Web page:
Heavy metal has been slow — and sometimes even outright resistant — about changing its conversations around gender. This is a genre that built itself on shock value, whether through Satanic lyrics or hedonistic off-stage debauchery. There has been a lot of progress in the past few years, but many cling to an ultra-macho mindset that grows more dated by the day. LaPlante is already taking a step outside the norm with Good for a Girl — and she's fully aware of it.
"I don't know if metal is becoming more open or sensitive, but I know it's becoming more diverse," she reflects. "There are more voices from different backgrounds being allowed into the space, and therefore we're going to get more diverse art. Whether that's a song I write about a loss I suffered, or about aliens, or whatever anyone wants to write about, it's just cool to have people from different walks of life creating and consuming that art. And that's great for [heavy metal]. Because if we don't allow different voices into this genre and adapt to become modern, we will get left in the dust like we deserve."
LaPlante's lyrics also delve into subjects that aren't usually heard in heavy music. This is most apparent on 2020 single "Constance" and its accompanying music video. She reveals, "The music is in honour of my grandmother, who I lost last year. The video is in honour of the director Dylan [Hryciuk]'s grandmother, who has dementia. It's got the most on-the-nose thing I've ever written, which is, 'It's hard to lose and wonder why.' I usually feel safer talking about the things that upset me or make me feel self-conscious and insecure in metaphor."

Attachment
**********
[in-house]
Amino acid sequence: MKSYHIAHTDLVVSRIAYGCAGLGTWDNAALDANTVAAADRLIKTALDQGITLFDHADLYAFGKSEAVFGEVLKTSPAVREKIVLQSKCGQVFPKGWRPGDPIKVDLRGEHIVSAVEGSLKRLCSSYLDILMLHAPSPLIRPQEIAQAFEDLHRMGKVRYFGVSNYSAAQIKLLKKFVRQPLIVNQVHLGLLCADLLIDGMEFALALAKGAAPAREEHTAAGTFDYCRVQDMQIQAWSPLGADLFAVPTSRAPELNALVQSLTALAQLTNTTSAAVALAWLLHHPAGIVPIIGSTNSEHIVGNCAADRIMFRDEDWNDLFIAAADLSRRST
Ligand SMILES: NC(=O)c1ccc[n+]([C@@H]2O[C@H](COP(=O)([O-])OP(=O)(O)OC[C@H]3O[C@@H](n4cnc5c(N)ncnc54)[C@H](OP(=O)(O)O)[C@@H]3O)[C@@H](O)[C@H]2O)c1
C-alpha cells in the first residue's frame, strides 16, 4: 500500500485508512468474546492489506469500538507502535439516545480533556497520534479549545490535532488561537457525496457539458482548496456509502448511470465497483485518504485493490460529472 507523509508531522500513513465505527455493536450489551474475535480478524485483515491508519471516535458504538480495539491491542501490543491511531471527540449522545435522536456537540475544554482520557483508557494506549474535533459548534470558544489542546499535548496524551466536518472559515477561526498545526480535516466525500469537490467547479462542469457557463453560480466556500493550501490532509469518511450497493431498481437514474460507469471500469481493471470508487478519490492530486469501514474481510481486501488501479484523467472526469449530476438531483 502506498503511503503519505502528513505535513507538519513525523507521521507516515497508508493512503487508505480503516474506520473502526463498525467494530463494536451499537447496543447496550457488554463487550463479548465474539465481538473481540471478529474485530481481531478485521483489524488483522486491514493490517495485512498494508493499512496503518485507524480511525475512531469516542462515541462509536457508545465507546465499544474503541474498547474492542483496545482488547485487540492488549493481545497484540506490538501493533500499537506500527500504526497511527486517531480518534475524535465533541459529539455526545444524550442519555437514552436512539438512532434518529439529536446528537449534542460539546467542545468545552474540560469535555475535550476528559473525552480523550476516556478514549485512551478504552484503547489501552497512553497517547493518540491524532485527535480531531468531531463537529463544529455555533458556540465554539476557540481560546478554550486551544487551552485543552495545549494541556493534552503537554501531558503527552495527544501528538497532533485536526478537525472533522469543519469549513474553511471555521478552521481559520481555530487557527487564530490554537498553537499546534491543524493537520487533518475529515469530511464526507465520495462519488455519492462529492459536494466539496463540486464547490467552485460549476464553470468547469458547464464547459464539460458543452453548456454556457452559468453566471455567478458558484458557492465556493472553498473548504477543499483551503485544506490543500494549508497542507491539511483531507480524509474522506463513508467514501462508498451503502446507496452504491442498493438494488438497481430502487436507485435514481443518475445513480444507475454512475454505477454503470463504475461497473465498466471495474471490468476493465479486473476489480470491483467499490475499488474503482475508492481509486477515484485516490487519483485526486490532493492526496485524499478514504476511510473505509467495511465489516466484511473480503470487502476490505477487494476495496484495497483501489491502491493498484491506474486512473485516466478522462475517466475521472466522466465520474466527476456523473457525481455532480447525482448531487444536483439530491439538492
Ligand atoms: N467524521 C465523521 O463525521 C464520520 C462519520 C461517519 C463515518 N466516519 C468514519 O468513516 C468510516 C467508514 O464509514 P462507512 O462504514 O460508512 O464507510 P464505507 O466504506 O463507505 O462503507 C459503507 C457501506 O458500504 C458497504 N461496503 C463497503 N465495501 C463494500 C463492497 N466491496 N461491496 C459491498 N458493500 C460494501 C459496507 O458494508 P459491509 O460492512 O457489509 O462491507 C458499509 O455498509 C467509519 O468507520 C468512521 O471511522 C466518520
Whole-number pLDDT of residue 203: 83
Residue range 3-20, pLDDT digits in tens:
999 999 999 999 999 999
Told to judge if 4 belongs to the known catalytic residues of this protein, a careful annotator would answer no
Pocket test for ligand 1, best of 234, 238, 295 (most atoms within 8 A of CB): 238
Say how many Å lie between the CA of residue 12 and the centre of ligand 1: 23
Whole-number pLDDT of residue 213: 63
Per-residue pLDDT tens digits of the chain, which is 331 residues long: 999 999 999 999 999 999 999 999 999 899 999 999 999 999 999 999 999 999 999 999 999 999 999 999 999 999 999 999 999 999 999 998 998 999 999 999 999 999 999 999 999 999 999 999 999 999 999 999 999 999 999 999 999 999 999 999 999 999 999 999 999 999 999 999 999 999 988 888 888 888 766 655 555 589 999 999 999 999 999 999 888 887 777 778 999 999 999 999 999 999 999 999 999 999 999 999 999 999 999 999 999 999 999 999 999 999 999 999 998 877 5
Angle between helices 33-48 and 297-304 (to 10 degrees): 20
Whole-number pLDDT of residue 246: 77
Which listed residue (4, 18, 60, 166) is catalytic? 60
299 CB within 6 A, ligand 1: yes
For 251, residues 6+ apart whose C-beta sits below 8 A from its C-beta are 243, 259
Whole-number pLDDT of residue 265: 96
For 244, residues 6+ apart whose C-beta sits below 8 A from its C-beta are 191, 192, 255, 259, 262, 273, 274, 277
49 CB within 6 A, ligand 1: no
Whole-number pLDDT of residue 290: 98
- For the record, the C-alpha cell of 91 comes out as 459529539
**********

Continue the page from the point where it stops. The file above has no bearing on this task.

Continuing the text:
Making new material has been a challenge for Spiritbox. LaPlante and Stringer live in Victoria, BC, while drummer Zev Rose lives in Philadelphia, PA. Stringer explains how Spiritbox managed to record Eternal Blue while dealing with the pandemic and the closed border. "We rented a house on a 20-acre property in the middle of the desert near Joshua Tree," he says. "We made our own bubble to make sure we didn't come into contact with anyone and lived there for about a month, and we wrote 'Circle with Me' in the kitchen of that Airbnb house. Definitely a weird experience, to say the least."
LaPlante adds, "We realized if we didn't turn this thing in by April, it wouldn't be coming out this year."
Spiritbox's pandemic problems aren't over yet. Rising Delta variant cases in the United States forced them to cancel their summer tour with Limp Bizkit. Eternal Blue is still coming out as planned on September 17 via Rise Records, but it looks like Spiritbox are back to playing the waiting game for now. LaPlante says she may record more podcast episodes or continue her vocal guest spots. As for who she might work with, the more unexpected the better.
"I wanna be, like, the 2 Chainz of metalcore," she muses. "I'd love to be on a Slipknot song, or Hayley Williams. One of my favourite musicians is FKA twigs. Doing something with her would be amazing."
It's a new day for metal, and, if LaPlante is any indication, it's going to be more diverse, more open-minded and more interesting than ever before.